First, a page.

Indonesian e-commerce unicorn Bukalapak is in talks with a number of investors to raise at least $100 million in fresh funding, according to two persons familiar with the development.
Existing investors GIC and Shinhan are expected to top up in this round of funding, having backed Bukalapak’s last Series F funding round in October last year at a $2.5 billion valuation.
Bukalapak did not immediately respond to our query on the matter.
According to a corporate filing obtained by DealStreetAsia, the new round will not be the first investment Bukalapak has closed since the October round of funding, which also saw participation from majority shareholder Emtek.
Based on the said filings, Bukalapak in March received investment from a company called API Investment, understood to be a subsidiary of existing backer Ant Financial, in exchange for 30,303 of its Series F shares. In May, API bought an additional 45,454 shares.
The investment brings API’s ownership in Bukalapak’s Series F to 27 per cent equalling that of GIC affiliate company Archipelago Investment and Emtek subsidiary Kreatif Media Karya. Shinhan, meanwhile, holds 19 per cent of the Series F round, the document shows.
The recent deals with API, which has not been publicly announced, marked the first funding raised under the leadership of Rachmat Kaimuddin, a professional banker with experience at a public company and a private equity firm. Kaimuddin took the reins at Bukalapak in January this year replacing co-founder and former CEO Achmad Zaky.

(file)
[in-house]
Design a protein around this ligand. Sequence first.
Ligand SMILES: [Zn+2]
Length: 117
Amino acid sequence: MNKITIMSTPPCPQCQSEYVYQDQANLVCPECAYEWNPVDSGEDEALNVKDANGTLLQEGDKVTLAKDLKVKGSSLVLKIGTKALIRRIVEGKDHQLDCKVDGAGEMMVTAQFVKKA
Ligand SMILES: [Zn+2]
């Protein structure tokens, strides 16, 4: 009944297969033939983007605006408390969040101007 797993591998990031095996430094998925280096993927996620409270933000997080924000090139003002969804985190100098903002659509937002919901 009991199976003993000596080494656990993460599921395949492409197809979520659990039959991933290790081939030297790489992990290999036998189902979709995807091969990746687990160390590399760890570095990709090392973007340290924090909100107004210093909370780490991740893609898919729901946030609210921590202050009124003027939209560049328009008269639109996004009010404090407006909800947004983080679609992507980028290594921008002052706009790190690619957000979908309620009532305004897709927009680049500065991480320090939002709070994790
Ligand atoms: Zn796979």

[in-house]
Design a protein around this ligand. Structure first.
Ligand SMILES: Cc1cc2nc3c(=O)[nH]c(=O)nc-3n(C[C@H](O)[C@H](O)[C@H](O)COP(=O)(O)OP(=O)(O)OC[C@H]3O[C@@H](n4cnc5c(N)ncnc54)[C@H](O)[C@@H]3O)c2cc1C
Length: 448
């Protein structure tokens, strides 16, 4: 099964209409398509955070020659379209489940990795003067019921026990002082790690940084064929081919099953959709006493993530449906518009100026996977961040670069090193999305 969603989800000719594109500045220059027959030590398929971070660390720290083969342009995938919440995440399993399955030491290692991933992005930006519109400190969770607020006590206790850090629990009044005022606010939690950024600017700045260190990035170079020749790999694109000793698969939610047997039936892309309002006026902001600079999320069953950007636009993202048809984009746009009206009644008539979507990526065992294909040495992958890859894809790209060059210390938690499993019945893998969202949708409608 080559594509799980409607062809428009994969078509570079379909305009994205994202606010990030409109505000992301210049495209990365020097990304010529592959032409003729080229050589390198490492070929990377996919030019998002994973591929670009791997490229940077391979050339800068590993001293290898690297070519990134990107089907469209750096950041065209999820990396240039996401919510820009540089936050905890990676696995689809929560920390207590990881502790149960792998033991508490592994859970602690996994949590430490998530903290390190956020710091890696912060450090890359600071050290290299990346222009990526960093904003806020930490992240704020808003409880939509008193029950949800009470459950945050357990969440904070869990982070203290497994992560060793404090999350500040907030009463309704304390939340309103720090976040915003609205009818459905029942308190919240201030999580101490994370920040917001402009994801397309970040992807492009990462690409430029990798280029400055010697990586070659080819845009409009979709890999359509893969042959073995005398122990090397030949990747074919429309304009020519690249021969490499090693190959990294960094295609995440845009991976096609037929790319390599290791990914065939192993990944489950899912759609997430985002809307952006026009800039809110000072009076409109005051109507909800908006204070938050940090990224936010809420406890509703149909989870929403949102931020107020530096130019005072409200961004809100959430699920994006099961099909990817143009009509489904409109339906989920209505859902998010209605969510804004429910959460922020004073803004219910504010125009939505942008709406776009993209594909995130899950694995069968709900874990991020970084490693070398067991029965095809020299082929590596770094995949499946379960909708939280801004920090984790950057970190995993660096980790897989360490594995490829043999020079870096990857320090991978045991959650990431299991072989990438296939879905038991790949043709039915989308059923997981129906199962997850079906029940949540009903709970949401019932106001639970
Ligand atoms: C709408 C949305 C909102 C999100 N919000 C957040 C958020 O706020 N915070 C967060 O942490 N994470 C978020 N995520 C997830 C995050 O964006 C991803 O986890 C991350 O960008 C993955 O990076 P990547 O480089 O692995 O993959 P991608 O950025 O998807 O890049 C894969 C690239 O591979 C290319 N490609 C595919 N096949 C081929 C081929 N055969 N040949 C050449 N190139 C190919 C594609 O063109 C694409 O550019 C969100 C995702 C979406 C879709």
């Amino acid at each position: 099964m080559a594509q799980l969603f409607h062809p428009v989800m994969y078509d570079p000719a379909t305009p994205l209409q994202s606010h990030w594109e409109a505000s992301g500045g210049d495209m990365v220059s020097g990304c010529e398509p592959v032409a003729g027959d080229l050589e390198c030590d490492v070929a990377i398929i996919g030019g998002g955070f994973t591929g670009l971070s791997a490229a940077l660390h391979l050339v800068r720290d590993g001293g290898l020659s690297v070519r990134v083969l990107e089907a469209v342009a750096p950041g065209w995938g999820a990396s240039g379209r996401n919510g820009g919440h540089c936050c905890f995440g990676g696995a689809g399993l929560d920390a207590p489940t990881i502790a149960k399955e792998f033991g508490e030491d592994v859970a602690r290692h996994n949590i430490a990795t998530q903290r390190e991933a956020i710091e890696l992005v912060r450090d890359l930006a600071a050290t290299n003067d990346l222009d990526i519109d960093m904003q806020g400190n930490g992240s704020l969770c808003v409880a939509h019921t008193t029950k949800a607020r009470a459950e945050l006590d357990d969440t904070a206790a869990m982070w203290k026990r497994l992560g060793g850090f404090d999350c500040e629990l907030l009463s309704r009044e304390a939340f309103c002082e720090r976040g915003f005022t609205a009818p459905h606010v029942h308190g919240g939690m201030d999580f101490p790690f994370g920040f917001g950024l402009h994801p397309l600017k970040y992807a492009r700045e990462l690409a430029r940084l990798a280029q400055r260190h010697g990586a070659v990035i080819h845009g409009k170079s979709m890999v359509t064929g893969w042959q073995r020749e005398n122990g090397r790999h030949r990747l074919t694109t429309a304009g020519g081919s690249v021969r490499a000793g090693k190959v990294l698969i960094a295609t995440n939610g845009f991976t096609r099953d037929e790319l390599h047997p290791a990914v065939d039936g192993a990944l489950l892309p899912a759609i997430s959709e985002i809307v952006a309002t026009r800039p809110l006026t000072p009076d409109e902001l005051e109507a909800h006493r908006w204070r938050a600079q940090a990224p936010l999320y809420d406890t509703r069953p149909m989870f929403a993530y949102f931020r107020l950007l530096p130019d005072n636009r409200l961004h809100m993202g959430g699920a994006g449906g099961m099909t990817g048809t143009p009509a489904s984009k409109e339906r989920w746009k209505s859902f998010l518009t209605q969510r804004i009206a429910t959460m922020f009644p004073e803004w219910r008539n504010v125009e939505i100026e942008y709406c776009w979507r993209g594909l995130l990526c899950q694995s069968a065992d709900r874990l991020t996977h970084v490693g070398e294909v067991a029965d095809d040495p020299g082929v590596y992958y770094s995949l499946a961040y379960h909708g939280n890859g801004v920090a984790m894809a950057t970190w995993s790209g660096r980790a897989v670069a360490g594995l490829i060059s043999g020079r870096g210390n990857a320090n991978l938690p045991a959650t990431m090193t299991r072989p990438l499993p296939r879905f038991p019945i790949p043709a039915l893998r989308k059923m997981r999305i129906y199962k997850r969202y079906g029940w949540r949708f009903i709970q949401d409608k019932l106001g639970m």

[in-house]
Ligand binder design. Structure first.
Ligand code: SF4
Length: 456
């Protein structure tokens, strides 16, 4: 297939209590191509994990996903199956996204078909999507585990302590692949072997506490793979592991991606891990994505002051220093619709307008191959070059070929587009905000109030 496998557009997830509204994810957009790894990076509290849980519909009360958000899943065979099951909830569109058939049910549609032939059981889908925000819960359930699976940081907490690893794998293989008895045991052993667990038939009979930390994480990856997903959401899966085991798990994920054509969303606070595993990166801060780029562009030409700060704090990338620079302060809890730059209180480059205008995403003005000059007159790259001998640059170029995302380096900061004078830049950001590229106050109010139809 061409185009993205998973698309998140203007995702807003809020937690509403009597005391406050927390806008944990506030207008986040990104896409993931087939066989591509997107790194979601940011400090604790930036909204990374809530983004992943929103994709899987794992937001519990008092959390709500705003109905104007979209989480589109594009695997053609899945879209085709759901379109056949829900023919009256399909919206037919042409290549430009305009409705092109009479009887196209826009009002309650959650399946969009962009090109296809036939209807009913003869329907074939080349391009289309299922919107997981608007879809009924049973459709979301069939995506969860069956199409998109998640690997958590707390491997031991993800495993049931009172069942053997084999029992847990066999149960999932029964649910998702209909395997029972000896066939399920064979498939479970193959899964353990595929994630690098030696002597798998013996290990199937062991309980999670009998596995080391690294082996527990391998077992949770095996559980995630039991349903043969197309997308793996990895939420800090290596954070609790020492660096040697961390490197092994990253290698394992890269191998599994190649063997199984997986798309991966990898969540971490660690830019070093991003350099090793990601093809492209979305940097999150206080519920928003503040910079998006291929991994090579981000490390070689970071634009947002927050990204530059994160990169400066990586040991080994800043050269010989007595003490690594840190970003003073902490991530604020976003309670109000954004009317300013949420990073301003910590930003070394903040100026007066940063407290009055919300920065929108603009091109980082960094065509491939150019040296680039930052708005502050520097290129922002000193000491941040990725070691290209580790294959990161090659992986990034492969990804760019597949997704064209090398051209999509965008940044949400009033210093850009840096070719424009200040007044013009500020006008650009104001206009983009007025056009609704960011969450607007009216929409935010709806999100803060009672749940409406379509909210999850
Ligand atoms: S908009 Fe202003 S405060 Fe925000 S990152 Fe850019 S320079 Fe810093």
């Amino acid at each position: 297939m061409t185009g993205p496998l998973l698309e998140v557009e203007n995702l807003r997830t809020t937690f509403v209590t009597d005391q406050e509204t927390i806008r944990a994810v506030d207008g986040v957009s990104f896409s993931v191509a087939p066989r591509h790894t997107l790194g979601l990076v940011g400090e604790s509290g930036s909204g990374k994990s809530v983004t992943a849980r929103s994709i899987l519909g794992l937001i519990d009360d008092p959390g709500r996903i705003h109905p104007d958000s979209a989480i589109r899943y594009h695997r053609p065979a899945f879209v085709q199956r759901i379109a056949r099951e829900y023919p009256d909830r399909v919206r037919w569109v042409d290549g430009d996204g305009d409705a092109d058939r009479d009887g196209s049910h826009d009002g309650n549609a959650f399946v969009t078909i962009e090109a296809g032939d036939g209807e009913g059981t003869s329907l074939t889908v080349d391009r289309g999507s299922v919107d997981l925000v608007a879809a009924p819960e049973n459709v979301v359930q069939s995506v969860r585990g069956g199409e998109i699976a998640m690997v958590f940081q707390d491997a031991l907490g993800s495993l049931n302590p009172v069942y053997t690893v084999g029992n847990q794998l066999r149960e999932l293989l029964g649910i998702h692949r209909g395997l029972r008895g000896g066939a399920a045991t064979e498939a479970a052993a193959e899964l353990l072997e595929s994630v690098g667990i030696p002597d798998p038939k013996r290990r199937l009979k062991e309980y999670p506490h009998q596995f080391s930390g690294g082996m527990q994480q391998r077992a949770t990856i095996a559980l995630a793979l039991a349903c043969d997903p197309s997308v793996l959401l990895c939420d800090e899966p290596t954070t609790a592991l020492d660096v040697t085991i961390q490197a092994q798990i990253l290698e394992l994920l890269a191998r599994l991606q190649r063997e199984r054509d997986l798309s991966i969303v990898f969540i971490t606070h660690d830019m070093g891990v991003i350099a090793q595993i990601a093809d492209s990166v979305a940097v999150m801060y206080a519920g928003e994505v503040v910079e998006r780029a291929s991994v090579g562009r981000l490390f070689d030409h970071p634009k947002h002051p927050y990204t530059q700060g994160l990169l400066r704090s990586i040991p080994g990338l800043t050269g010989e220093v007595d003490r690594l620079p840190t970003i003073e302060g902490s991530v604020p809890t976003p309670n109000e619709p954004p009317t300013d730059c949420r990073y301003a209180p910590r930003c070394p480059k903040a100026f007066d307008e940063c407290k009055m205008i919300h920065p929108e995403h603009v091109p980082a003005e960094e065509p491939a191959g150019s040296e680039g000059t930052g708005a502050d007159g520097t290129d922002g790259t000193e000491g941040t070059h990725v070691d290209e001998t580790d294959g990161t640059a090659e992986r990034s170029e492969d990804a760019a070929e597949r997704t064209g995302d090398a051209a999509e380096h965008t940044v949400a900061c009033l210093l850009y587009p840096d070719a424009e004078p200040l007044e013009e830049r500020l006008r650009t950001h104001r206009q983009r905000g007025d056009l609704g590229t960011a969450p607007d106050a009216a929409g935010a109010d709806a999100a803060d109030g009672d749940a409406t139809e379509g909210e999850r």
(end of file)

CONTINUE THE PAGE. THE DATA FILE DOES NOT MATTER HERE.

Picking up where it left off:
Zaky’s departure was followed three months later by fellow co-founder and CTO Nugroho Herucahyono. The third and only remaining co-founder Muhammad Fajrin Rasyid stepped down last month to join Indonesia’s largest telecom operator Telekomunikasi Indonesia (Telkom) as a digital business director.
Herucahyono and Zaky, who were college friends, were the brains behind Bukalapak, an online marketplace business they started in their dorm room at the Bandung Institute of Technology (ITB) in 2009. Later in 2011, they were joined by a third college mate, co-founder Muhammad Fajrin Rasyid.
In just over 10 years, the trio has scaled Bukalapak to become one of the biggest tech companies in Indonesia, riding on a valuation of over $2.5 billion.
However, their last year at the helm proved to be the most testing. In September last year, the company abandoned a number of functions, including smart retail and some marketing roles, and laid off about 10 per cent of its workforce, or around 250 workers.
It had earlier also appointed a handful of new senior executives, ostensibly to steady the ship in the wake of the resignations of a few of the company’s first employees.
New boss Kaimuddin has had no choice but to hit the ground running with COVID-19 wreaking havoc in his first quarter in office and impacting almost all sectors of the economy. However, Bukalapak claims to have seen an uptick during the pandemic with e-commerce transactions during Ramadhan in May seeing a 10 per cent increase year-on-year.
In the e-commerce space, Bukalapak, which passed the $1-billion valuation mark in 2017 and has amassed a total capital of approximately $500 million, shares space with heavily funded giants including Alibaba-backed companies Tokopedia and Lazada, both of whom have raised total funding of over $4 billion each. There is also Shopee, a subsidiary of Nasdaq-listed Sea Group, which last raised $500 million and is seeking another $1.5 billion.
However, Kaimuddin is also banking on Bukalapak’s online-to-offline (O2O) business, which he said could eventually overtake e-commerce as the company’s biggest business line.